6. Roger Clemens: Clemens is probably a jerk, based on the interactions he's had with, like, everyone. But he wouldn't be the first jerk in the Hall, and there isn't one in there who can pitch like he could, either. His Red Sox career alone is Cooperstown-worthy.
7. Mike Piazza: Piazza might not have had Carlton Fisk's glove, but he had his bat, and 16 years of that see you immortalized in bronze.
8. Curt Schilling: Schilling's regular season career, on its own, merits the attention of the Hall of Fame. What's strange is that he's the kind of pitcher that those who worship Jack Morris should be paying attention to, since he actually has the numbers to back up The Legend. Schilling's 133 playoff innings, attached to a 2.23 ERA, 4.8 strikeout-to-walk ratio, and 11-2 record, are an excellent season unto themselves, appended to a career that doesn't even need the boost. It gets it, though, and the fact he has this extra credit will only make the delay for his inclusion that much more puzzling.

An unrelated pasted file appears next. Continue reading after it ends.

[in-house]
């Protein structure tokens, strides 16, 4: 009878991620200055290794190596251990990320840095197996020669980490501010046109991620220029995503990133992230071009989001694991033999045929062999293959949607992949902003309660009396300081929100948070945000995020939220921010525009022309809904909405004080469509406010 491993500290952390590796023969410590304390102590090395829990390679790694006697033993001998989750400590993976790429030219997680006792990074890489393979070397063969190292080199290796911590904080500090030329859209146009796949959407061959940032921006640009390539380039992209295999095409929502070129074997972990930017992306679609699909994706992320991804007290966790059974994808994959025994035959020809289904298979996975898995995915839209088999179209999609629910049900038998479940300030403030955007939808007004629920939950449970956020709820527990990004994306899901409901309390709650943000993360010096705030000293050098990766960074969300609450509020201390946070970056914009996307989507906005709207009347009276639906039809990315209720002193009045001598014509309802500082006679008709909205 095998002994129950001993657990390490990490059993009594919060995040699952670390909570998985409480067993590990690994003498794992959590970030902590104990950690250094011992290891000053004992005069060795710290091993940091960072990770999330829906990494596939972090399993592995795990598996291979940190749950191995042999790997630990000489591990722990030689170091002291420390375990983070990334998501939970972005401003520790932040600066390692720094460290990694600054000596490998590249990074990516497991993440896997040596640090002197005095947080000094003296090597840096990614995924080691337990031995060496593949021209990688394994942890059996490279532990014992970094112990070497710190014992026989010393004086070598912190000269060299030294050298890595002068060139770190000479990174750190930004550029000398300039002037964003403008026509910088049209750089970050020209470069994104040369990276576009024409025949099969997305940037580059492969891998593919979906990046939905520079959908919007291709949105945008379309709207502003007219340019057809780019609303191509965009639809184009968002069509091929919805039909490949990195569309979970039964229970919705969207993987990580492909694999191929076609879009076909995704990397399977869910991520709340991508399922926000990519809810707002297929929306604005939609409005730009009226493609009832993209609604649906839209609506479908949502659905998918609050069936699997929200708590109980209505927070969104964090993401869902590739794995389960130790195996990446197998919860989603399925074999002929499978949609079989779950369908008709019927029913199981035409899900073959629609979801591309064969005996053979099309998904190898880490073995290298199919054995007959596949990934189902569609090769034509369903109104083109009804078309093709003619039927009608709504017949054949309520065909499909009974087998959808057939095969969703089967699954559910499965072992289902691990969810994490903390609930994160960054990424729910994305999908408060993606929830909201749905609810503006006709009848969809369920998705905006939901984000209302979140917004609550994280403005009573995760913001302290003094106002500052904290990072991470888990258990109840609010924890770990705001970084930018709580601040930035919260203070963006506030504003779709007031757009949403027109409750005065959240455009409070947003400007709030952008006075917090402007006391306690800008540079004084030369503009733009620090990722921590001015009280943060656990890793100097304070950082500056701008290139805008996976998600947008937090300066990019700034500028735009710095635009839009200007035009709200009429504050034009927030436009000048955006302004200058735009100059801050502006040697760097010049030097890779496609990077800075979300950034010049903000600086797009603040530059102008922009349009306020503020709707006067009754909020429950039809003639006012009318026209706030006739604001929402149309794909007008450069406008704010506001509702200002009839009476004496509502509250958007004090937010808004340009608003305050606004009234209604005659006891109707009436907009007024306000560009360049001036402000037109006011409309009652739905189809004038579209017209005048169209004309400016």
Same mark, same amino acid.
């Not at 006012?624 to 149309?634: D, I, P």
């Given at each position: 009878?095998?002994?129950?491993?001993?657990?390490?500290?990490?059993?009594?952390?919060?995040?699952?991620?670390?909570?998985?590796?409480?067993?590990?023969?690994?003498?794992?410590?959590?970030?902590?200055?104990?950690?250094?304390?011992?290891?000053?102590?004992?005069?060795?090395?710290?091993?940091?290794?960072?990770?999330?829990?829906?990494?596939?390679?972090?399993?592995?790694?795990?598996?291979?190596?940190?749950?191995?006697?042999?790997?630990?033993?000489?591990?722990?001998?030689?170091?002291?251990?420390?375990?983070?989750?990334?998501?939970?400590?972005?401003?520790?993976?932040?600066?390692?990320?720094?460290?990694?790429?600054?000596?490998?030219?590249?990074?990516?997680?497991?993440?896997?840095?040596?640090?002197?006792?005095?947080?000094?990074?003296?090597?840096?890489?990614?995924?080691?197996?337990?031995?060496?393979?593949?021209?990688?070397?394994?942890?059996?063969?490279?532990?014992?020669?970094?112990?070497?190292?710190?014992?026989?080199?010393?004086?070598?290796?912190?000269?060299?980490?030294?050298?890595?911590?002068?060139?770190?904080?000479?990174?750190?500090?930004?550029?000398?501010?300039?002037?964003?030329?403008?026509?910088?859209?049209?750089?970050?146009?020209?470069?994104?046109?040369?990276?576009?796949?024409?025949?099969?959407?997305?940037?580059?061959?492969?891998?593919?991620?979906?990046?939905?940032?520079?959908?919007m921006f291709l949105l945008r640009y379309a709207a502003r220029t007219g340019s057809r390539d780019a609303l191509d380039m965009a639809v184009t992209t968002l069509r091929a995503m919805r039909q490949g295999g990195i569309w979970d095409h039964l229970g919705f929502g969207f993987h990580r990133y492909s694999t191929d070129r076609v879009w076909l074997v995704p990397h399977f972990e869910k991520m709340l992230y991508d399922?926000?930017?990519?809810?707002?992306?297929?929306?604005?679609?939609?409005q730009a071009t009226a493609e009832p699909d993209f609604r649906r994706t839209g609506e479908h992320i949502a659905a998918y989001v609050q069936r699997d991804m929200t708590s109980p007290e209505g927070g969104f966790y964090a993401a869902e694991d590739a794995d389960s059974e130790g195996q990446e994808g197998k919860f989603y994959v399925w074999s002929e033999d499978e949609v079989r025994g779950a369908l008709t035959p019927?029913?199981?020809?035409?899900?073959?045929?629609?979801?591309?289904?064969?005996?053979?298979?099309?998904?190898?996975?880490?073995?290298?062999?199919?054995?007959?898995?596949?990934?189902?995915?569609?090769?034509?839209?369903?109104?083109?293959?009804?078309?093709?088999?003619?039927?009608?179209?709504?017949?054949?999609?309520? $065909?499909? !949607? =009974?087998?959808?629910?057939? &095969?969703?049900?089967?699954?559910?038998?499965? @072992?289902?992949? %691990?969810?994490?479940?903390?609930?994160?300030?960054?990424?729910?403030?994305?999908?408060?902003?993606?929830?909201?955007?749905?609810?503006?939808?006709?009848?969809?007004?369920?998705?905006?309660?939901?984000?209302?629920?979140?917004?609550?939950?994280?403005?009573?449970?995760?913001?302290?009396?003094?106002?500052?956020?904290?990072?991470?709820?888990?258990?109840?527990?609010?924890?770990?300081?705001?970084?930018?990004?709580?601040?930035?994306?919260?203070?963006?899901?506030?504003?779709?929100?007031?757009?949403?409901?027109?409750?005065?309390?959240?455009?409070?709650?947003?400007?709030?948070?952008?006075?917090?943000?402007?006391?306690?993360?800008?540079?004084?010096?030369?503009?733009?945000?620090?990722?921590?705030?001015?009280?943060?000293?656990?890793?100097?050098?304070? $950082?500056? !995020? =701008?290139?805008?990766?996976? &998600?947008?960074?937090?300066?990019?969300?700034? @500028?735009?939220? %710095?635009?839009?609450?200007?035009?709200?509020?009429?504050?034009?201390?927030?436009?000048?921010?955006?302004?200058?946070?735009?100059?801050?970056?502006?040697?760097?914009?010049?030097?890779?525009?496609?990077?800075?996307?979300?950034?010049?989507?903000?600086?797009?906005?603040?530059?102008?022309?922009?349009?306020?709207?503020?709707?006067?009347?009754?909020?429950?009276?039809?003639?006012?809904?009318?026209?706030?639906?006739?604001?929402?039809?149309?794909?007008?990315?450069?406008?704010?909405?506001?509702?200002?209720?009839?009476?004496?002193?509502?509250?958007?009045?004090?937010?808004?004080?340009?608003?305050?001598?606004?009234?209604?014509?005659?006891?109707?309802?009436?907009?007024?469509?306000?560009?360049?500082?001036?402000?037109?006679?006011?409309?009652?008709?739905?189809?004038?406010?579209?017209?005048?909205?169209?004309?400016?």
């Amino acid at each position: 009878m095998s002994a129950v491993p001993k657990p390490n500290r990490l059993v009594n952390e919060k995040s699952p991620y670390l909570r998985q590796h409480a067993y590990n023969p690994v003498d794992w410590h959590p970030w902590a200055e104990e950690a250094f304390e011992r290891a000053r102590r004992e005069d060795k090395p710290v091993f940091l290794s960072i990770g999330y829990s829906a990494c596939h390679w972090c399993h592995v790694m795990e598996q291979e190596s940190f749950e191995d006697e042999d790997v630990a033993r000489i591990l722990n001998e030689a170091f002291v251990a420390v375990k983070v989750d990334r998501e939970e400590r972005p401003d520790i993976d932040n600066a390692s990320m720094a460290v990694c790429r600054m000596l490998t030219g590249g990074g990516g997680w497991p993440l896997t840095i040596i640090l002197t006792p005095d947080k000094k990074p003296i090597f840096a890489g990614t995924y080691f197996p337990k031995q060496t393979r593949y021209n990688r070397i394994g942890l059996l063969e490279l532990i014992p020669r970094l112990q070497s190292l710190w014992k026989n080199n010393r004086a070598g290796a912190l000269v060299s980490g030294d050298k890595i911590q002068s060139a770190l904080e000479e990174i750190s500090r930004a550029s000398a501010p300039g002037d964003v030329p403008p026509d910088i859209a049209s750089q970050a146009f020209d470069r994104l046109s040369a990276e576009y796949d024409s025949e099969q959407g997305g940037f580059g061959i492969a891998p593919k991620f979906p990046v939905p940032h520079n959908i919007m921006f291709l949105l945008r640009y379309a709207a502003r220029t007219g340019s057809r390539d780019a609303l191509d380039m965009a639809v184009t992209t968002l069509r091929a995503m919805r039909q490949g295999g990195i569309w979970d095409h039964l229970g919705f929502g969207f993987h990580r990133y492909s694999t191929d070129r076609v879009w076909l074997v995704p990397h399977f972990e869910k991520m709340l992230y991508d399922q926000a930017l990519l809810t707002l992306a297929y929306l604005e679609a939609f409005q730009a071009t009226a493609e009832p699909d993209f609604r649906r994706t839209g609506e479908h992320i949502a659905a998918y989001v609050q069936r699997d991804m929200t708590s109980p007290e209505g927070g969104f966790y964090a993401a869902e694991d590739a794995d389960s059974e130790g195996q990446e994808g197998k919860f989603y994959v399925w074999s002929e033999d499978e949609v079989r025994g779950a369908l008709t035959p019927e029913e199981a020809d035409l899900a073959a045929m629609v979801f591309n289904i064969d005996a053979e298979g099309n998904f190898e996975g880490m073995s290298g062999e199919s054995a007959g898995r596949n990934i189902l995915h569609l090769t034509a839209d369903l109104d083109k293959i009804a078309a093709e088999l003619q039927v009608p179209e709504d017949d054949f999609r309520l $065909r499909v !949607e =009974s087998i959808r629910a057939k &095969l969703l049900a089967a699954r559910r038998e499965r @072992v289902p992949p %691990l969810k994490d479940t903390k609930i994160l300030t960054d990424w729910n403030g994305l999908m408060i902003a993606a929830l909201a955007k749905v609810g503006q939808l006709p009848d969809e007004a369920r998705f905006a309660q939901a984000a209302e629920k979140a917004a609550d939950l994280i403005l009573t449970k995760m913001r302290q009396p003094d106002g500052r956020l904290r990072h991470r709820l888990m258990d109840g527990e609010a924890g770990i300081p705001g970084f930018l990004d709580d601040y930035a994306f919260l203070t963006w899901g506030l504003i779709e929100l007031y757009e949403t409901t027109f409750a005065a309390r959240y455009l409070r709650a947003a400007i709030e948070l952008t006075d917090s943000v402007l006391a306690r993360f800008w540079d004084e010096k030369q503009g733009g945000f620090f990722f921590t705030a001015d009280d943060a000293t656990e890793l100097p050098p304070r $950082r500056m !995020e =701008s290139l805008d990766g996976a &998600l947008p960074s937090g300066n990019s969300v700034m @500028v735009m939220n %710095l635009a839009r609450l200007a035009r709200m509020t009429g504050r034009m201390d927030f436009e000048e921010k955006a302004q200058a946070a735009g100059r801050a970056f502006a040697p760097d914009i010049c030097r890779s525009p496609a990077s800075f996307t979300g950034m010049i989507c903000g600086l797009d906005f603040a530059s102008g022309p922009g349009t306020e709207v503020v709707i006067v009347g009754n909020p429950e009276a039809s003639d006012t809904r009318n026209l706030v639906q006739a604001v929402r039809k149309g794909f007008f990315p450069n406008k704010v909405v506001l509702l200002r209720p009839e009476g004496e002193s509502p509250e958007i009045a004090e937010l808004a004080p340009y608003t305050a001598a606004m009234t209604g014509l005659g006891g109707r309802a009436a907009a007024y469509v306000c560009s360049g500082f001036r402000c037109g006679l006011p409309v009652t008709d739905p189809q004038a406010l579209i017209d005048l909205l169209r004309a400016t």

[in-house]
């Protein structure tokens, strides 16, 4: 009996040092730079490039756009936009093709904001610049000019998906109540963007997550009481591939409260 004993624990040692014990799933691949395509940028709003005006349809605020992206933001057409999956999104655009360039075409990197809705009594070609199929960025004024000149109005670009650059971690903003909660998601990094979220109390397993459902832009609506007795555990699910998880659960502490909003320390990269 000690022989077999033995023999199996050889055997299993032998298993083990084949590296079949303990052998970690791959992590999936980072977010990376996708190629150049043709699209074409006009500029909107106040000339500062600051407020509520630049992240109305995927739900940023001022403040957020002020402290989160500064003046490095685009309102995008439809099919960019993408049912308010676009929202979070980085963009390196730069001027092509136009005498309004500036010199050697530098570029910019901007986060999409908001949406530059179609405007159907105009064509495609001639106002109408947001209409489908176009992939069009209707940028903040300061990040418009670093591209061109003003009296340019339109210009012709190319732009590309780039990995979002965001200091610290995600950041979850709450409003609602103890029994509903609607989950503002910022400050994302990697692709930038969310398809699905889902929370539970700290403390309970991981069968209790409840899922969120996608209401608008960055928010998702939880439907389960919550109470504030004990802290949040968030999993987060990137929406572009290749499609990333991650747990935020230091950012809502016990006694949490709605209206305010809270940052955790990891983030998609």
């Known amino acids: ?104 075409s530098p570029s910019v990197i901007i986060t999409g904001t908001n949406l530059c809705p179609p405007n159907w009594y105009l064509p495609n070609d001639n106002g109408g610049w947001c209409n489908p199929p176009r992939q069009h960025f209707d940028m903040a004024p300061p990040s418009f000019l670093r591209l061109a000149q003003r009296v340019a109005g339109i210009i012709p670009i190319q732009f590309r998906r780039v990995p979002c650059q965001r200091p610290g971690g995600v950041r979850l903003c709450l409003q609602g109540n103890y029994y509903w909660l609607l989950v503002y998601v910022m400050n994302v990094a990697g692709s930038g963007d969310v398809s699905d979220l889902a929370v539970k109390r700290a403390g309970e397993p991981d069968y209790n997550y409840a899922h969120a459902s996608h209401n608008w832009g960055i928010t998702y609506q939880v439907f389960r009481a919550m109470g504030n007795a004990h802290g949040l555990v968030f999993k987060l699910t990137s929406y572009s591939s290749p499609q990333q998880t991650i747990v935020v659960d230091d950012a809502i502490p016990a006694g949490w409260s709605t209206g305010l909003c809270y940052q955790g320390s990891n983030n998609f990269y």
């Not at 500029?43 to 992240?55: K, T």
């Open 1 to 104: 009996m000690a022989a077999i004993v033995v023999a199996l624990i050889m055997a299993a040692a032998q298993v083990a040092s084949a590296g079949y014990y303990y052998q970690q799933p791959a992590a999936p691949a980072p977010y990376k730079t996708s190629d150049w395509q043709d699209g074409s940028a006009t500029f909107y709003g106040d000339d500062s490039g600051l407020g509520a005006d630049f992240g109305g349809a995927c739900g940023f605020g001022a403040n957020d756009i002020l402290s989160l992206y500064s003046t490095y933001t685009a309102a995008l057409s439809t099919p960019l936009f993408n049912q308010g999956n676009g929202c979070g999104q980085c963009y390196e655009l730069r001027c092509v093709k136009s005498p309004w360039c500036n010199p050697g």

9: Craig Biggio: The tail-end of his career had its problems, as he and the Astros held on a little too long, but even with that, his career is astounding. He drew well over 1,000 walks and collected over 3,000 hits, making him one of just 39 players all-time to reach base over 4,000 times. (In fact, Biggio ranks 28th, just nine times on base behind Lou Gehrig.) On top of that, he was also a great defensive second baseman for a long time, after a run as a catcher, and while the end of his career as a center fielder was unfortunate, the total package is still more than Hall-worthy.